To book Dave deBronkart call Executive Speakers Bureau at 901-754-9404.

The opioid crisis: integrating behavioral and primary care

Since 2012 I’ve been a patient voice in the Agency for Healthcare Research & Quality (AHRQ)’s project to merge behavioral and mental health into primary care, the Integration Academy. The project has renewed urgency in the era of surging opioid deaths. Beyond opioids, all behavioral and mental health problems dramatically affect the patient’s role in health and care: Who can perform any job well if they have mood problems or worse? In this extremely current time-sensitive talk I will share the perspectives of the academics, clinicians, and financial experts I’ve worked with and specific next steps providers can take.

AI in healthcare: What’s the matter with Watson?

Artificial intelligence is real and expanding, but getting it right isn’t easy. Famously, IBM Watson failed to improve cancer care, spectacularly blowing hundreds of millions in the process.  Innovation veteran and IT marketer Dave deBronkart was part of the earliest meeting that found cracks in Watson’s intellectual armor – cracks that turned out five years later to be its “cause of death.” A futurist and avid fan of artificial intelligence, he puts an evidence-based finger on the fatal flaws that made the Jeopardy genius become a chump in oncology and teaches how we should think differently about medicine’s AI-enabled future.

Patient Experience: an engaged business leader’s view

With humor and insight, Dave presents lessons learned from his many patient experiences and from his business career about the value of hearing customer perspectives and tying them to business outcomes in three domains: customer experience, business and social change, and cultural transformation. Dave and his doctor are international thought leaders on partnering with patients, as co-founders of the Society for Participatory Medicine. Scientifically trained, Dave authored of one of 2017's highest-impact articles in Patient Experience Journal.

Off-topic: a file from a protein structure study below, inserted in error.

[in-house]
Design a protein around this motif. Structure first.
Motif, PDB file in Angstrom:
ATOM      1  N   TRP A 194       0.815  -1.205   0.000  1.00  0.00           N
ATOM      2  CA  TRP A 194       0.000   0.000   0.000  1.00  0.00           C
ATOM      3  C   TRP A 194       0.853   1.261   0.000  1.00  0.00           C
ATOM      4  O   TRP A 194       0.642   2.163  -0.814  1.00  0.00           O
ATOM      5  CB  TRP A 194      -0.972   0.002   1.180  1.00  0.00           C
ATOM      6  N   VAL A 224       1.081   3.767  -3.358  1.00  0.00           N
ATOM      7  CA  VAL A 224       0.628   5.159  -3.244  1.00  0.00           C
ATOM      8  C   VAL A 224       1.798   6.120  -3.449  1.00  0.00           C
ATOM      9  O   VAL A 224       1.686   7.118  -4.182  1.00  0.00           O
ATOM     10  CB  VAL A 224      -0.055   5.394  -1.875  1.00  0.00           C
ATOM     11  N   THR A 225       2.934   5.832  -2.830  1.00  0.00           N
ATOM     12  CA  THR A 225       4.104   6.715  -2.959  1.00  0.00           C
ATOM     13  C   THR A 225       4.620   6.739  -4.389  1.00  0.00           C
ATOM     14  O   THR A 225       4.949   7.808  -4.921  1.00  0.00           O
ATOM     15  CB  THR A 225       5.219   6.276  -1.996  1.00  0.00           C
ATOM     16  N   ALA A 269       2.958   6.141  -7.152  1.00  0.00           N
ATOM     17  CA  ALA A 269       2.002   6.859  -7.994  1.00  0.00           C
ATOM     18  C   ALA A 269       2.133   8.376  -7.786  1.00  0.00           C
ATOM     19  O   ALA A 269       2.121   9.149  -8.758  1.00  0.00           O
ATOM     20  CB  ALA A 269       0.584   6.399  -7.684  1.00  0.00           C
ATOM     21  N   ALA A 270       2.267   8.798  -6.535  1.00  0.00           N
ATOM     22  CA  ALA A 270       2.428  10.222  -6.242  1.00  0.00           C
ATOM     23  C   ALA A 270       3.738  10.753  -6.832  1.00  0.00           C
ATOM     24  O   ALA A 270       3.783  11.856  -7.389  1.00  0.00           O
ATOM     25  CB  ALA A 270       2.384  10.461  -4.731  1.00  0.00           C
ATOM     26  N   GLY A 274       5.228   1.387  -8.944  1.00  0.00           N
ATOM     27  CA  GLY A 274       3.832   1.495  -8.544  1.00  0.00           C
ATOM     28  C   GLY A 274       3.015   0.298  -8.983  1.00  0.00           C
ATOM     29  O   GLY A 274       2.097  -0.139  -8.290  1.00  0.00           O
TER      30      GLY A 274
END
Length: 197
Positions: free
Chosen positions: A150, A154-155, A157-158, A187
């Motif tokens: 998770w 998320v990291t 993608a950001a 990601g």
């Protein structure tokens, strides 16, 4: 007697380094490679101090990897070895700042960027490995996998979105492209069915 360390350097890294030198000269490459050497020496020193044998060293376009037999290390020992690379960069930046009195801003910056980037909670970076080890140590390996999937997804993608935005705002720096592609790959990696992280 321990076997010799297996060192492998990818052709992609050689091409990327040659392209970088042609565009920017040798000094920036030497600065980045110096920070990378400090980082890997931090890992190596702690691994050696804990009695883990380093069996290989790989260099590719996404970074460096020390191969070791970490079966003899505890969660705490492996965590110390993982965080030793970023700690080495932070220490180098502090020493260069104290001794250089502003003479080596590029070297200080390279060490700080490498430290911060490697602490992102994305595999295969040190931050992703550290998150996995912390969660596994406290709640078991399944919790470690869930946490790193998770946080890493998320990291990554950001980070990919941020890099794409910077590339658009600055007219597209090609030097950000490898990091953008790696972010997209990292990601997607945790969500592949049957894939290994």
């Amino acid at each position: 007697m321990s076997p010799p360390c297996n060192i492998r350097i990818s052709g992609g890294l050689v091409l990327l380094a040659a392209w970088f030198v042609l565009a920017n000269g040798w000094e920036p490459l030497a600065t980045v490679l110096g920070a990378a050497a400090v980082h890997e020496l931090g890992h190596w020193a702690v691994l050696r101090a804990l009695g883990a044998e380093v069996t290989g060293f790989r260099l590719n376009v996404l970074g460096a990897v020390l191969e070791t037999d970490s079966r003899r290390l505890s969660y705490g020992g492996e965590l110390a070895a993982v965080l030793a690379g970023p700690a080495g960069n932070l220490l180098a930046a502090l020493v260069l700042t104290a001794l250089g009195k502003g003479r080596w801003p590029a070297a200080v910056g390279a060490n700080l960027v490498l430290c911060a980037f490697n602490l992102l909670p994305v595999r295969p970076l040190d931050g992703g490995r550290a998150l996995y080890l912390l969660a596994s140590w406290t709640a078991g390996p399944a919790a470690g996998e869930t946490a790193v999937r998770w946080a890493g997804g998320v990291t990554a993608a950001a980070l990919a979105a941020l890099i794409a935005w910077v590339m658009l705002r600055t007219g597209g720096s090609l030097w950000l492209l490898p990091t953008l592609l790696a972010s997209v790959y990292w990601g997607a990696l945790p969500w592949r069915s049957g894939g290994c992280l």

Beating pre-diabetes with apps and a course at the Y

Type 2 diabetes is a major concern under accountable care and population health – but I’m living proof that change is possible. I got that diagnosis in my 60s and beat it by successfully changing my behavior, aided by e-health apps. I'll share the story of how I changed my diet, walked a lot, then ran a mile (for the first time in my life!), became a 5K runner, and wound up with a cover story in a diabetes journal. As always I tell it with humor amid the insights, and emphasis on the patient’s perspective on a chronic diagnosis.

Us aging Americans: Myth-busting, the truth, and the future ahead

Did you know more than half the humans who’ve ever been 65 are alive today? That’s amazing – but I speak from personal experience when I say 65 ain’t what it used to be! Nor is geriatrics. As one of the first guests on the popular podcast Better Health While Aging, for years I’ve studied the knowledge gaps that separate family care from over-60. With tales of becoming a runner at this age, my wife’s knee replacements, my classmates, and eye-popping statistics (NOT the usual), I’ll share why I’m optimistic about my future and ours, and how healthcare providers can re-optimize for better care with better methods.